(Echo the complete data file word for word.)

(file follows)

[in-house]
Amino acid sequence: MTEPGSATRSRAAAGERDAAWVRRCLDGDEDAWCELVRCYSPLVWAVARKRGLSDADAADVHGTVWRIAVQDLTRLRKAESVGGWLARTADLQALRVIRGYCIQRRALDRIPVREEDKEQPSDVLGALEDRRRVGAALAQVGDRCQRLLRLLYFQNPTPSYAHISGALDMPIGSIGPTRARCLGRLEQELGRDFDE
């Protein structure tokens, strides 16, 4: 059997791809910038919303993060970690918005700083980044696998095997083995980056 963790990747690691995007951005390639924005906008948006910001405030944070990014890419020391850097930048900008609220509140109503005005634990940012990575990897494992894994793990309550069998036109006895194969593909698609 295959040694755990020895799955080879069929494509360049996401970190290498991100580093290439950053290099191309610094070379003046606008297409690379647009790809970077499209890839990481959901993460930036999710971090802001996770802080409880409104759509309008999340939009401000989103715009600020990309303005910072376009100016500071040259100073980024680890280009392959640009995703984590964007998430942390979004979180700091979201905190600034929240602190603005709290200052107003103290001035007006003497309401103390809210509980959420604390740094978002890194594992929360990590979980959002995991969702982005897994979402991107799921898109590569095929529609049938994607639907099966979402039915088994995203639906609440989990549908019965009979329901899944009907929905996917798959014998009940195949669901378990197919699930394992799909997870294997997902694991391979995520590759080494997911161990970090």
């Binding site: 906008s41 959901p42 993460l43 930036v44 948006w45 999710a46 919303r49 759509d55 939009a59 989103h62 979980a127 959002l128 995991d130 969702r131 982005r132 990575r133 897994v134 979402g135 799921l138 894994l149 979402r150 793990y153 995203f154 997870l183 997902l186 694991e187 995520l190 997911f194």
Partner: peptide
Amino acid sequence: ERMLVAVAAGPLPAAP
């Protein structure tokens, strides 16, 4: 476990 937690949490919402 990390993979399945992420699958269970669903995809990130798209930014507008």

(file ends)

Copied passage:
[in-house]
Amino acid sequence: MTEPGSATRSRAAAGERDAAWVRRCLDGDEDAWCELVRCYSPLVWAVARKRGLSDADAADVHGTVWRIAVQDLTRLRKAESVGGWLARTADLQALRVIRGYCIQRRALDRIPVREEDKEQPSDVLGALEDRRRVGAALAQVGDRCQRLLRLLYFQNPTPSYAHISGALDMPIGSIGPTRARCLGRLEQELGRDFDE
């Protein structure tokens, strides 16, 4: 059997791809910038919303993060970690918005700083980044696998095997083995980056 963790990747690691995007951005390639924005906008948006910001405030944070990014890419020391850097930048900008609220509140109503005005634990940012990575990897494992894994793990309550069998036109006895194969593909698609 295959040694755990020895799955080879069929494509360049996401970190290498991100580093290439950053290099191309610094070379003046606008297409690379647009790809970077499209890839990481959901993460930036999710971090802001996770802080409880409104759509309008999340939009401000989103715009600020990309303005910072376009100016500071040259100073980024680890280009392959640009995703984590964007998430942390979004979180700091979201905190600034929240602190603005709290200052107003103290001035007006003497309401103390809210509980959420604390740094978002890194594992929360990590979980959002995991969702982005897994979402991107799921898109590569095929529609049938994607639907099966979402039915088994995203639906609440989990549908019965009979329901899944009907929905996917798959014998009940195949669901378990197919699930394992799909997870294997997902694991391979995520590759080494997911161990970090």
């Binding site: 906008s41 959901p42 993460l43 930036v44 948006w45 999710a46 919303r49 759509d55 939009a59 989103h62 979980a127 959002l128 995991d130 969702r131 982005r132 990575r133 897994v134 979402g135 799921l138 894994l149 979402r150 793990y153 995203f154 997870l183 997902l186 694991e187 995520l190 997911f194």
Partner: peptide
Amino acid sequence: ERMLVAVAAGPLPAAP
């Protein structure tokens, strides 16, 4: 476990 937690949490919402 990390993979399945992420699958269970669903995809990130798209930014507008």